The still unfolding mortgage-related credit crisis has claimed its biggest corporate casualty so far: Merrill Lynch CEO Stan O'Neal.
The announcement Tuesday that O'Neal is retiring immediately came days after the world's largest brokerage posted a $2.24 billion quarterly loss, its biggest since being founded 93 years ago.
"They bet very heavily on the mortgage market," Forbes senior editor Neil Weinberg told CBS News correspondent Anthony Mason, "and when the mortgage market started to crack, they got left with a huge amount of bad debt."
Merrill Lynch & Co. did not name a replacement for O'Neal, whose ouster had been expected for days. Instead, board member Alberto Cribiore will step in as interim nonexecutive chairman and head of the search committee to find a new CEO.
Despite the third-quarter loss, analysts consider the vast majority of Merrill's business to be in perfectly fine shape. But, whoever replaces O'Neal will have to clean up the segment that is not in good order - Merrill's investments in subprime mortgages and other risky types of debt.
Board members and staff had expressed unhappiness with O'Neal's management, reports CBS News correspondent Randall Pinkston, especially his strategy of investing in securities backed by risky loans and sub-prime mortgages, which resulted in a loss of $8 billion.
"They weren't managing their risk essentially very well. And as a result it all came home to roost," Dr. Charles Geisst, a professor of Finance at Manhattan College, told Pinkston before O'Neal's retirement was announced.
O'Neal, 56, who rose to power five years ago, was known for shaking up top management and putting a greater emphasis on riskier bets, rather than the safety of just selling stocks.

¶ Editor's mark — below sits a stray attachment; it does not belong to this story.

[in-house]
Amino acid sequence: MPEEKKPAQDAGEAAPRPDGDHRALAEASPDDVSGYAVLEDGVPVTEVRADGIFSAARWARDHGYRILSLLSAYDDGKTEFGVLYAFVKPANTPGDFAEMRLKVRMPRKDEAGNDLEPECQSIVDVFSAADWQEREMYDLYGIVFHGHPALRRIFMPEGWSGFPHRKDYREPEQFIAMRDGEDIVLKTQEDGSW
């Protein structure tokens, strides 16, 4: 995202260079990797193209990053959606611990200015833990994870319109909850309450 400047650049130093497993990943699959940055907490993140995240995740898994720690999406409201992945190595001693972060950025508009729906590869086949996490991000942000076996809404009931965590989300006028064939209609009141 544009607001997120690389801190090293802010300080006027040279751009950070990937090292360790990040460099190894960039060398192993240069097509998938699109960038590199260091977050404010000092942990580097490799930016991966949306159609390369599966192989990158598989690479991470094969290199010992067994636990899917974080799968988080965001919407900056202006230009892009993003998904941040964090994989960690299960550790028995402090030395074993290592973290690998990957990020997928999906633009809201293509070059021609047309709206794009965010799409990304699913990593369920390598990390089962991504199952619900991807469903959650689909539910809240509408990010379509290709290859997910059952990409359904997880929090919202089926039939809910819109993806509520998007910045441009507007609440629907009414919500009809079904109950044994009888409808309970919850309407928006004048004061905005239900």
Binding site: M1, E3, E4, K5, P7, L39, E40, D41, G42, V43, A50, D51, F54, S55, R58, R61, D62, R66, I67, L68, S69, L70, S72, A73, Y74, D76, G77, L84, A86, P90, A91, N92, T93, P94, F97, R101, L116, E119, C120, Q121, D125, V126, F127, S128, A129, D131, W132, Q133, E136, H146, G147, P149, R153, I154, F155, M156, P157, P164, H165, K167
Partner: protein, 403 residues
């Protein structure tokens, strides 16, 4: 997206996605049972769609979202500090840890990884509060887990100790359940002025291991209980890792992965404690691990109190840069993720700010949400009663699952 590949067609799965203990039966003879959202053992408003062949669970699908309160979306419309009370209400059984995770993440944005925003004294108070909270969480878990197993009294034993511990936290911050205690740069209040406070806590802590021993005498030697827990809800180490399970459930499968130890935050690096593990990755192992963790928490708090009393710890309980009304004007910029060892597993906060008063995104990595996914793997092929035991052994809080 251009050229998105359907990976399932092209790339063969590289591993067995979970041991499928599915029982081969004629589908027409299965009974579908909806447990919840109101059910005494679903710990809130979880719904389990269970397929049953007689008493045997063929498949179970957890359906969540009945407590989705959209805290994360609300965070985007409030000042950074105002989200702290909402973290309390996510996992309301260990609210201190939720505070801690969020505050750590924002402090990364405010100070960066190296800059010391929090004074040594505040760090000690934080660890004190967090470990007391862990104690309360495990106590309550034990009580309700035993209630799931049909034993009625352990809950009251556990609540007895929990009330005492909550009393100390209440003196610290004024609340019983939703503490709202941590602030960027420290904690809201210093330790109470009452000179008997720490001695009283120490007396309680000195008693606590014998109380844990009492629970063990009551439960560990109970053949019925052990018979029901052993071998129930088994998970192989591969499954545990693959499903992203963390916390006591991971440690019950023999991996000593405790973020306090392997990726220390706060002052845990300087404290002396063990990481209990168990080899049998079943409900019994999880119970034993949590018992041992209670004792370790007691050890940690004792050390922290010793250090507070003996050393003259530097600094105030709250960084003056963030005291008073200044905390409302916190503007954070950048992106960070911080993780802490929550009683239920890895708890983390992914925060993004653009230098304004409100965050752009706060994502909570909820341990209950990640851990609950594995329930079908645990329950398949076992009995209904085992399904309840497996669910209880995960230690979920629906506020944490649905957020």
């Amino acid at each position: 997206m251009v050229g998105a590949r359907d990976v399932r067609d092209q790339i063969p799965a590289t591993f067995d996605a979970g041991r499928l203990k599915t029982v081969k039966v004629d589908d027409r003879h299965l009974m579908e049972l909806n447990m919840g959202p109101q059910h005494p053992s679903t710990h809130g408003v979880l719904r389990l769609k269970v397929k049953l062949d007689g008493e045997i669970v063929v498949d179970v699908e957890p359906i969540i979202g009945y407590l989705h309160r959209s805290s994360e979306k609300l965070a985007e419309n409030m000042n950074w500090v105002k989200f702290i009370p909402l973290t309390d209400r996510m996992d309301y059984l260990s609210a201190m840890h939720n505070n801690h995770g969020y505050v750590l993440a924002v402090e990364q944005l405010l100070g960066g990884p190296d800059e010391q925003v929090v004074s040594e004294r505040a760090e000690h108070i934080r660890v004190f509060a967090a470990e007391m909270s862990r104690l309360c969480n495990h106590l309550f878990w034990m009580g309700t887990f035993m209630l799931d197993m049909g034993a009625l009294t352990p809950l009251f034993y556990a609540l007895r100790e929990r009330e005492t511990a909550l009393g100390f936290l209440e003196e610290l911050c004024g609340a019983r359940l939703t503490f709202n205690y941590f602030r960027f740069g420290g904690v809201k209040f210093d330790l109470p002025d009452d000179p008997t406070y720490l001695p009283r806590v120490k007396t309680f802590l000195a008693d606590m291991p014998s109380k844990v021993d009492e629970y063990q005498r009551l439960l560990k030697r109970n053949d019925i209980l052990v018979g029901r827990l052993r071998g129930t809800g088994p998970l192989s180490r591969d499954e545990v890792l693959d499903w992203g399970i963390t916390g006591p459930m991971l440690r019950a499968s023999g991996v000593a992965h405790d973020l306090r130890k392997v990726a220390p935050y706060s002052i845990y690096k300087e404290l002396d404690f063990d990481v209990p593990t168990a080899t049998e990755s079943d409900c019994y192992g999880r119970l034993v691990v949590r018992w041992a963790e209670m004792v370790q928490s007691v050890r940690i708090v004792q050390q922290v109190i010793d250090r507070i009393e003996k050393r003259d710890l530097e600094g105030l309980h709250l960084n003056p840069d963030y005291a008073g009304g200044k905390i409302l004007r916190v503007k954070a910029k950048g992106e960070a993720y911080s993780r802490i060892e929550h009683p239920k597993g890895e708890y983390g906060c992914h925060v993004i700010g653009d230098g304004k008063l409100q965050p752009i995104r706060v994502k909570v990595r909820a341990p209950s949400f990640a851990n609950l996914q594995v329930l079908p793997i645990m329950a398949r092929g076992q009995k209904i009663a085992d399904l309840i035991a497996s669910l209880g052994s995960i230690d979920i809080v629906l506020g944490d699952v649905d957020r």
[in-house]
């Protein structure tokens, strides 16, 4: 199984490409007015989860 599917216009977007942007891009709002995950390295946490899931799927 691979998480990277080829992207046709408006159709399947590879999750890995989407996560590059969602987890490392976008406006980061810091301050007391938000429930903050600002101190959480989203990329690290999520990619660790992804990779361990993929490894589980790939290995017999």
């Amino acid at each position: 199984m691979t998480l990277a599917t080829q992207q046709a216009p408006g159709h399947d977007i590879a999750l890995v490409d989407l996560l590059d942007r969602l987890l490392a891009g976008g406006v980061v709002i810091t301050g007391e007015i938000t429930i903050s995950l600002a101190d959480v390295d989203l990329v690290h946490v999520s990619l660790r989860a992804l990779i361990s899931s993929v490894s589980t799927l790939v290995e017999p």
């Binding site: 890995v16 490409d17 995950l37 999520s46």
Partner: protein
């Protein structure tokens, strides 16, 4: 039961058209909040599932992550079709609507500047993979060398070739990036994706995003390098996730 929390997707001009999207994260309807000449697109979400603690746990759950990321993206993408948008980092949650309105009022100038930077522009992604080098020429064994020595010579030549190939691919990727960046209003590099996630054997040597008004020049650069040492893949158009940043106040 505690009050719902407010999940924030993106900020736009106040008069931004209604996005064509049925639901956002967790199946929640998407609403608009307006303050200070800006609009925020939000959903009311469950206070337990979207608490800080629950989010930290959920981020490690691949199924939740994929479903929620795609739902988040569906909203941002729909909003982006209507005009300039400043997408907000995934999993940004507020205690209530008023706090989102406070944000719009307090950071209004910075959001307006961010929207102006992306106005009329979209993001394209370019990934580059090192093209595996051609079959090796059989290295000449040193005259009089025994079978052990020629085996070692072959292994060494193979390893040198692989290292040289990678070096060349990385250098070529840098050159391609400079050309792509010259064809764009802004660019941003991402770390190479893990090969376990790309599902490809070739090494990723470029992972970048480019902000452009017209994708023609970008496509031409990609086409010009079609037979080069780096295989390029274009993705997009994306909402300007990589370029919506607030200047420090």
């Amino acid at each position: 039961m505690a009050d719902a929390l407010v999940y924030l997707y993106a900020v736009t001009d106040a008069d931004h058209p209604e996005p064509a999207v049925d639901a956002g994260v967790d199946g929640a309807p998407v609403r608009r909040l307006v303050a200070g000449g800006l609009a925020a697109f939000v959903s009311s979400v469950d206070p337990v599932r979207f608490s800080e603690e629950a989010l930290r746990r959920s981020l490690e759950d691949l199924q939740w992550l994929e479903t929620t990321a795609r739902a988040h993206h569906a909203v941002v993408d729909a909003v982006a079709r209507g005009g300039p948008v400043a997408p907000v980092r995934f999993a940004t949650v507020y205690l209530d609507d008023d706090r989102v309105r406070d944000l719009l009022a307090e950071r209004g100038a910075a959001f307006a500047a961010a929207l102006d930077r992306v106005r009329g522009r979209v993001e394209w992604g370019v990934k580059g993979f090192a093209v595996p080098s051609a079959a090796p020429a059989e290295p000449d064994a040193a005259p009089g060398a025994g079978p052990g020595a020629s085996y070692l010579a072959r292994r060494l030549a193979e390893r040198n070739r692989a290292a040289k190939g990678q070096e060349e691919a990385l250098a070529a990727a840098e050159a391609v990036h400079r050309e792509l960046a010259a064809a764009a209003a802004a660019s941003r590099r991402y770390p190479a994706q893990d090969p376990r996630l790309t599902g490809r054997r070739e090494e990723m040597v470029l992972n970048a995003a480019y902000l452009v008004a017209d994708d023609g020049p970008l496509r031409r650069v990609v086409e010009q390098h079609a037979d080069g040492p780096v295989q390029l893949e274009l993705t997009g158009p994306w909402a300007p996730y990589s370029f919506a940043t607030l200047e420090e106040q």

That strategy - which handed Merrill Lynch record results during the market's peak - came with a heavy cost during the tumultuous third quarter.
O'Neal ultimately shouldered the blame for the earnings miss. With his retirement, he becomes the biggest executive casualty of the credit crisis that swept global markets this summer.
Many on Wall Street are counting on the Federal Reserve to bail them out by lowering the prime rate this week, a move that may help some borrowers but could further weaken the dollar and drive oil prices even higher, reports Pinkston.
"It tells us, if history is of any use to us at all, that we are probably facing a recession within the next year, if not sooner," Geisst said.
So neither Fed action nor management housecleaning at Merrill Lynch may be enough to prevent a downturn for the economy.
A key barometer of consumer sentiment dropped to the lowest level in two years Tuesday, igniting concern that the upcoming holiday shopping season would be lukewarm.
"Mr. O'Neal and the board of directors both agreed that a change in leadership would best enable Merrill Lynch to move forward and focus on maintaining the strong operating performance of its businesses, which the company last week reported were performing well, apart from sub-prime mortgages and CDOs," Merrill Lynch said in a statement.
CDOs, or collateralized debt obligations, are complex instruments that combine slices of different kinds of risk. It was Merrill's bet on CDOs, and the subprime mortgages underpinning many of them, that proved to be O'Neal's downfall.
Analysts have said this week that whoever replaces O'Neal may have to write down another $4 billion worth of bad investments in the fourth quarter.
Merrill Lynch said that co-presidents and chief operating officers Ahmass Fakahany and Gregory Fleming will continue in those positions. Fleming will lead Merrill's front office, such as its brokerage and investment banking sides. Fakahany, a close confidant of O'Neal, will lead back-office functions such as finance and human resources.
It was not known how much O'Neal would receive as an exit package, though there have been some reports it would be nearly $200 million. He was paid roughly $48 million salary in 2006, and had $160 million in stock and retirement benefits, according to James Reda, founder of compensation consultancy James F. Reda & Associates.
O'Neal is the descendant of a former slave, and grew up in poverty in Alabama before rising to become one of the highest-ranking African-Americans on Wall Street. He worked his way through a Harvard business degree by working at General Motors Corp., and in 1986 joined Merrill as a banker in its junk-bond department.
His elevation to CEO was seen by some as an experiment by the company's board, most of which have since retired. O'Neal mostly held positions on the client-contact side, which goes against the trading background most of its other CEOs had.
Among those said to be considered for the job outside the firm are NYSE Euronext CEO John Thain and BlackRock Inc. CEO Laurence Fink. Fleming is also considered a possible internal candidate.